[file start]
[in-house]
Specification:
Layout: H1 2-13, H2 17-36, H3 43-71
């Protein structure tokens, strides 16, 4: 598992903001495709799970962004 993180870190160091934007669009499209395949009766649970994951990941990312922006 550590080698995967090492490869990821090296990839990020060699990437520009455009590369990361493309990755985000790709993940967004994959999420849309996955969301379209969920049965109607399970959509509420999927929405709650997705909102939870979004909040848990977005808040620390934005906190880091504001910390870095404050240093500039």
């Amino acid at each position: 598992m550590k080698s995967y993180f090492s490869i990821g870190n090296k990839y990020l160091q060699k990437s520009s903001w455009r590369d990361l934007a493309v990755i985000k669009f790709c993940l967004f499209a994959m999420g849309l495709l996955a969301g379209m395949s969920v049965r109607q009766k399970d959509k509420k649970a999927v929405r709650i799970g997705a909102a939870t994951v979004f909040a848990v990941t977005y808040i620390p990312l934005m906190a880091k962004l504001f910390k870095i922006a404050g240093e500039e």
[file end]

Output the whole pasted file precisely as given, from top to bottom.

[in-house]
Specification:
Layout: H1 2-13, H2 17-36, H3 43-71
């Protein structure tokens, strides 16, 4: 598992903001495709799970962004 993180870190160091934007669009499209395949009766649970994951990941990312922006 550590080698995967090492490869990821090296990839990020060699990437520009455009590369990361493309990755985000790709993940967004994959999420849309996955969301379209969920049965109607399970959509509420999927929405709650997705909102939870979004909040848990977005808040620390934005906190880091504001910390870095404050240093500039």
């Amino acid at each position: 598992m550590k080698s995967y993180f090492s490869i990821g870190n090296k990839y990020l160091q060699k990437s520009s903001w455009r590369d990361l934007a493309v990755i985000k669009f790709c993940l967004f499209a994959m999420g849309l495709l996955a969301g379209m395949s969920v049965r109607q009766k399970d959509k509420k649970a999927v929405r709650i799970g997705a909102a939870t994951v979004f909040a848990v990941t977005y808040i620390p990312l934005m906190a880091k962004l504001f910390k870095i922006a404050g240093e500039e």